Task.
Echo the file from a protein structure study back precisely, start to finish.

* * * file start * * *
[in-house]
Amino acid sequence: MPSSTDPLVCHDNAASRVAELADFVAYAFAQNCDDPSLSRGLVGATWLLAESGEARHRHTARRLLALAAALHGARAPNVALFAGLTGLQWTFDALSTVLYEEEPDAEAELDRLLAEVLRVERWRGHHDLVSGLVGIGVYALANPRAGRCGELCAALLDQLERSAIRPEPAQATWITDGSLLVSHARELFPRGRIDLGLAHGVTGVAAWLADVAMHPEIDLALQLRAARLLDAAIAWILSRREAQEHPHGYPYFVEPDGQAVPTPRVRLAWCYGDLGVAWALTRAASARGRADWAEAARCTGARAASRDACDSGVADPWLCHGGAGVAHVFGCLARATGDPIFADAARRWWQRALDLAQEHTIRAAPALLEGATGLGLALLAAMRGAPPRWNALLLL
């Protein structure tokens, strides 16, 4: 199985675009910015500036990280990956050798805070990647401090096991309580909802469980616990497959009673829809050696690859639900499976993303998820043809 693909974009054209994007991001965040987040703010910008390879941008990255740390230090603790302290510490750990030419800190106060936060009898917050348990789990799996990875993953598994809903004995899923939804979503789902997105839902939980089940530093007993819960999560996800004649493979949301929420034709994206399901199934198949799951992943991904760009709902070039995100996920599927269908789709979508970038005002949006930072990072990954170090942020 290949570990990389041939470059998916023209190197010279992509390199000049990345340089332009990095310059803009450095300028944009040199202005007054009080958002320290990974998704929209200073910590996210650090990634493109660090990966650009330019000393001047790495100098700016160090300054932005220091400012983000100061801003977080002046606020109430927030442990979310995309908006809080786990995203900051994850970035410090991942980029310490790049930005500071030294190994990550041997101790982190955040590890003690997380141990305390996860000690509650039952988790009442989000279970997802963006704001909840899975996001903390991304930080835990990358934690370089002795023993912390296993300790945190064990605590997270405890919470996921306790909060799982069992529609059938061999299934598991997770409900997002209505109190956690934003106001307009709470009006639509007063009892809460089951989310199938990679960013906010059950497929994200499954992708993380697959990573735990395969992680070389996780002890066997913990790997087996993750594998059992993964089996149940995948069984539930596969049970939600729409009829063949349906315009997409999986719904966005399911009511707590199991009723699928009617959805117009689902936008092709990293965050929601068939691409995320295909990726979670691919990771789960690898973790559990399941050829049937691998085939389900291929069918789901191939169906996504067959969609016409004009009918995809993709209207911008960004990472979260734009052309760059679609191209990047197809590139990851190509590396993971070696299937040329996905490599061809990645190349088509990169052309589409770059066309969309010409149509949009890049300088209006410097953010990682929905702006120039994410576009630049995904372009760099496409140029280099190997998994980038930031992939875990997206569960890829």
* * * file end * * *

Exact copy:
[in-house]
Amino acid sequence: MPSSTDPLVCHDNAASRVAELADFVAYAFAQNCDDPSLSRGLVGATWLLAESGEARHRHTARRLLALAAALHGARAPNVALFAGLTGLQWTFDALSTVLYEEEPDAEAELDRLLAEVLRVERWRGHHDLVSGLVGIGVYALANPRAGRCGELCAALLDQLERSAIRPEPAQATWITDGSLLVSHARELFPRGRIDLGLAHGVTGVAAWLADVAMHPEIDLALQLRAARLLDAAIAWILSRREAQEHPHGYPYFVEPDGQAVPTPRVRLAWCYGDLGVAWALTRAASARGRADWAEAARCTGARAASRDACDSGVADPWLCHGGAGVAHVFGCLARATGDPIFADAARRWWQRALDLAQEHTIRAAPALLEGATGLGLALLAAMRGAPPRWNALLLL
């Protein structure tokens, strides 16, 4: 199985675009910015500036990280990956050798805070990647401090096991309580909802469980616990497959009673829809050696690859639900499976993303998820043809 693909974009054209994007991001965040987040703010910008390879941008990255740390230090603790302290510490750990030419800190106060936060009898917050348990789990799996990875993953598994809903004995899923939804979503789902997105839902939980089940530093007993819960999560996800004649493979949301929420034709994206399901199934198949799951992943991904760009709902070039995100996920599927269908789709979508970038005002949006930072990072990954170090942020 290949570990990389041939470059998916023209190197010279992509390199000049990345340089332009990095310059803009450095300028944009040199202005007054009080958002320290990974998704929209200073910590996210650090990634493109660090990966650009330019000393001047790495100098700016160090300054932005220091400012983000100061801003977080002046606020109430927030442990979310995309908006809080786990995203900051994850970035410090991942980029310490790049930005500071030294190994990550041997101790982190955040590890003690997380141990305390996860000690509650039952988790009442989000279970997802963006704001909840899975996001903390991304930080835990990358934690370089002795023993912390296993300790945190064990605590997270405890919470996921306790909060799982069992529609059938061999299934598991997770409900997002209505109190956690934003106001307009709470009006639509007063009892809460089951989310199938990679960013906010059950497929994200499954992708993380697959990573735990395969992680070389996780002890066997913990790997087996993750594998059992993964089996149940995948069984539930596969049970939600729409009829063949349906315009997409999986719904966005399911009511707590199991009723699928009617959805117009689902936008092709990293965050929601068939691409995320295909990726979670691919990771789960690898973790559990399941050829049937691998085939389900291929069918789901191939169906996504067959969609016409004009009918995809993709209207911008960004990472979260734009052309760059679609191209990047197809590139990851190509590396993971070696299937040329996905490599061809990645190349088509990169052309589409770059066309969309010409149509949009890049300088209006410097953010990682929905702006120039994410576009630049995904372009760099496409140029280099190997998994980038930031992939875990997206569960890829």